Mie: Yeah, I did. The art gallery where I was working at the time held a talk with Alex Katz. I’d majored in oil painting, so I was very aware of his greatness. In a world where it’s no exaggeration to say that all brush techniques have been exhausted, he’s still creating new techniques. And as people shift to technology, it’s a very challenging and wonderful thing that he continues to endeavor in the world of two-dimensional work. I thought it’d be my chance to tell him how much I admire him, so I approached him after the event. When I did, his face completely changed. He looked at me very seriously and told me, “I want to paint you.” From there, I started modeling for him, and he painted about 10 portraits of me. Before I knew it, those paintings were being displayed in museums…I still can’t believe it happened.
――Why do you think that you ended up modeling for him many times rather than just once?
Mie: I think it’s because I really love art, and I think he understood that. When I collaborate with artists, we get really excited talking to each other about all kinds of things related to art. Alex likes fashion too, so we talked about that as well. I also just remembered—he said that when he needs a model, he doesn’t just choose people based on photographs. Apparently, he doesn’t get inspired unless he has a connection with the person.
――That’s interesting. I’d love to hear some stories about other artists as well.
Mie: When I was going to work with the photographer Robert Frank, I was studying him and his photography beforehand. That’s when I found a description that compared his work to the concepts of the French philosopher Alexis de Tocqueville. When I asked him about it, he told me that it was completely irrelevant. When I asked him more about it, he said, “That’s just how people saw it. But that kind of assessment is still an important thing.” I was really moved by what he said. He takes pictures because he’s interested in his environment, but the present is always changing. I felt that that in itself was a big statement.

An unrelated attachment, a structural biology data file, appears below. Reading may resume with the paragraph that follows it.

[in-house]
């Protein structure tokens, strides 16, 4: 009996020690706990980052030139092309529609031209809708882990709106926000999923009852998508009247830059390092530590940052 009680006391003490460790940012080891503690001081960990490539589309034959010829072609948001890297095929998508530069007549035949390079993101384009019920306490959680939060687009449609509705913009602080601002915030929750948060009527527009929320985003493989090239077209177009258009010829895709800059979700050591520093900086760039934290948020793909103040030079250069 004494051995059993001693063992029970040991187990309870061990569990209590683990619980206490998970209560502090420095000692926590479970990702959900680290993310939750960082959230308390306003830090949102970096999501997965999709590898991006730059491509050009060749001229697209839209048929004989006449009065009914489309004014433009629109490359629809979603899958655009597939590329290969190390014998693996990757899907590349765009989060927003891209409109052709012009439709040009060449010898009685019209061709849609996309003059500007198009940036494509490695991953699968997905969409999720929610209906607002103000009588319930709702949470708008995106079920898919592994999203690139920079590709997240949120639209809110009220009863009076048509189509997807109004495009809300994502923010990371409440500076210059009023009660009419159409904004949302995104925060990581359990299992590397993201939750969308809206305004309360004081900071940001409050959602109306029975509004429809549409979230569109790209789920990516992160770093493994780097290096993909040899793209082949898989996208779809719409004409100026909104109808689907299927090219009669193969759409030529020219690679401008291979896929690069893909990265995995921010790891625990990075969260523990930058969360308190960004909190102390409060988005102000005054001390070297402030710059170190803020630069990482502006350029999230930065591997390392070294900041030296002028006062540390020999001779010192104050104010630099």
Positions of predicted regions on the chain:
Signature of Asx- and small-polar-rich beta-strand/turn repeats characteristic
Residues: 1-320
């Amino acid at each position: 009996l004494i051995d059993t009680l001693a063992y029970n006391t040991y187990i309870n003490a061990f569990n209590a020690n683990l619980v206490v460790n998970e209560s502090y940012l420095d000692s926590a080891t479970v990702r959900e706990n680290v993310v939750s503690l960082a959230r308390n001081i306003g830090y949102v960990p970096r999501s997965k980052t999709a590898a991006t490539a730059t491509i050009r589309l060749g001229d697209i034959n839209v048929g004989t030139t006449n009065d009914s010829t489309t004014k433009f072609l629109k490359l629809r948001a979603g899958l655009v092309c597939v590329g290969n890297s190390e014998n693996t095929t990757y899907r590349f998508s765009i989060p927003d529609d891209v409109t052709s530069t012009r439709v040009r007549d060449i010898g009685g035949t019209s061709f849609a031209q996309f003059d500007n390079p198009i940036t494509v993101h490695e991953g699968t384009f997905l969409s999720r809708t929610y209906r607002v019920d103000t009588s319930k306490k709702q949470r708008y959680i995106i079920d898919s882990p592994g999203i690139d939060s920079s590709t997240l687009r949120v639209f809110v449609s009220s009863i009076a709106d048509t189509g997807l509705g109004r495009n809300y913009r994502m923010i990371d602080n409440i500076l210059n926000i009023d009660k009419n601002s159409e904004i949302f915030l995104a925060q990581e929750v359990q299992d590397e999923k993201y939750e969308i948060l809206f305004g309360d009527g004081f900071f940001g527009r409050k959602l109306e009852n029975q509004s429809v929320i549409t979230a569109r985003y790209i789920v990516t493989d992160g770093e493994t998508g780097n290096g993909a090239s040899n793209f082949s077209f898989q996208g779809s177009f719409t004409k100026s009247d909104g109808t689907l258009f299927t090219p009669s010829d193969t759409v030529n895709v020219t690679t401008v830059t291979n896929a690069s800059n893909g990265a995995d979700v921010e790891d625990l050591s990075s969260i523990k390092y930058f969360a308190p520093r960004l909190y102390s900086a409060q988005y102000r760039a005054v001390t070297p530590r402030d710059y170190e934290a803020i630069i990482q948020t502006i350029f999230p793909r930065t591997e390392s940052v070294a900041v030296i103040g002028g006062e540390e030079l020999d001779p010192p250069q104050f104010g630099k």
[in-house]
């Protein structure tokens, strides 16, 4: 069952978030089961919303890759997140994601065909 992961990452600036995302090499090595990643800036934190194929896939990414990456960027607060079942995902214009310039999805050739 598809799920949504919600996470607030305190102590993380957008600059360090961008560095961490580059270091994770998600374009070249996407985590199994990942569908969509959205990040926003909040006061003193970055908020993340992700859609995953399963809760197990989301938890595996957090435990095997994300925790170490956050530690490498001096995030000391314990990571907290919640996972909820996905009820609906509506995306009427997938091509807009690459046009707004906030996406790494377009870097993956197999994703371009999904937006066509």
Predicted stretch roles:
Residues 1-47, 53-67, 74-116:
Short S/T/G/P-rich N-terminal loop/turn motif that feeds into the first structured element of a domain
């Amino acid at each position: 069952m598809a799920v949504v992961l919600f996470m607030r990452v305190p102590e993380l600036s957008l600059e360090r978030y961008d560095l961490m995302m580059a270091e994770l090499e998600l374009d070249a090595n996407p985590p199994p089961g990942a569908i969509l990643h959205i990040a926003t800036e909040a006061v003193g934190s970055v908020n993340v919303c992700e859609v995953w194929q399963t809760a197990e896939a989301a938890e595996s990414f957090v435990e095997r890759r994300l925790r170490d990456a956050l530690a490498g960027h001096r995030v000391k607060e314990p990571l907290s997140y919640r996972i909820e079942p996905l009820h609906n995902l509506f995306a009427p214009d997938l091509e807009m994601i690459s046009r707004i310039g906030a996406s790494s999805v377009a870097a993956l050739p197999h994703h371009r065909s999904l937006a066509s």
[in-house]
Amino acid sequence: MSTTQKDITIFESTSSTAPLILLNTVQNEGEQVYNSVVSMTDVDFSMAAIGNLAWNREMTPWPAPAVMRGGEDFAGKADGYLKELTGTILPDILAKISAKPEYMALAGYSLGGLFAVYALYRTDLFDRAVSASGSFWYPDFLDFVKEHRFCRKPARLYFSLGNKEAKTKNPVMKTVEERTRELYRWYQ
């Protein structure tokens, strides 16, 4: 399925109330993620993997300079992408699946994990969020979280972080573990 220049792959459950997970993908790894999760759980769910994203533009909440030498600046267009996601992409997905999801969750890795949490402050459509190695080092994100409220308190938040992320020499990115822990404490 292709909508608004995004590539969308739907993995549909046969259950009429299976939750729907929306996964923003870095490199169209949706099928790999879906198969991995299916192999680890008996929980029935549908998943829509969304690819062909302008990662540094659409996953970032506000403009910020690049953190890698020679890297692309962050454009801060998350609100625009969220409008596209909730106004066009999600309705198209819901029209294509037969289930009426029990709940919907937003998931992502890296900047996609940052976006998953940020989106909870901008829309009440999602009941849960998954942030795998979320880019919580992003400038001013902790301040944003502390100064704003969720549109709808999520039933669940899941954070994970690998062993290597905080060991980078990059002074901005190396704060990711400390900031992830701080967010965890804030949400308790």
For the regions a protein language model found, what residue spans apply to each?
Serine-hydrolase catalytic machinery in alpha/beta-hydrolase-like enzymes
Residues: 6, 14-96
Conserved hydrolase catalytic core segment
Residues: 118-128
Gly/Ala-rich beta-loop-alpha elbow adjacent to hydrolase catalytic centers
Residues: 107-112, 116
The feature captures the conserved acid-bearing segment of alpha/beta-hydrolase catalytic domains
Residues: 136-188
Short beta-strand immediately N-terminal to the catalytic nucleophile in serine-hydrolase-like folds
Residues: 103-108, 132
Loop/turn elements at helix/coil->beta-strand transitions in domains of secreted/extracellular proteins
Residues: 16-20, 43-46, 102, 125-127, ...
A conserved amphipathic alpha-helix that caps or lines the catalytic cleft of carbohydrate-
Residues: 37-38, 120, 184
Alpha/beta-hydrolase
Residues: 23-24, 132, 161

――So, it’s a mutually inspiring relationship. Could you talk about what an artist’s muse is?
Mie: Artist’s muses are like the shamans of the art world. In the past, I’ve seen many incredible works with my own two eyes. I thought: Perhaps the model, as the subject of the work, is its number one witness. So, I felt it was very strange that there’s no way to know what the model thinks. How did they meet the artist, and what kind of conversation did they have leading up to the work? What color lipstick and what kind of clothing did they have on at the time? What did the canvas smell like? What kind of music or sounds did they hear? If we can find out what happened behind the scenes, then viewers can get something deeper from the work. So, I thought that as someone who is both knowledgeable about art and can model, I was the only person who could do that.
――I saw that the catalog of “Mie: A Portrait by 35 Artists,” which you collaborated on with 35 contemporary artists, featured a story that you had written along with the portraits.
Mie: This is an ongoing thing I’m doing as my life’s work, but whenever I collaborate with an artist, I always record what happened and what I felt in the process of creating the art in the form of a story. I’ve already shared some of it, but compiling everything I’ve written into a book and publishing it in Japan is my dream.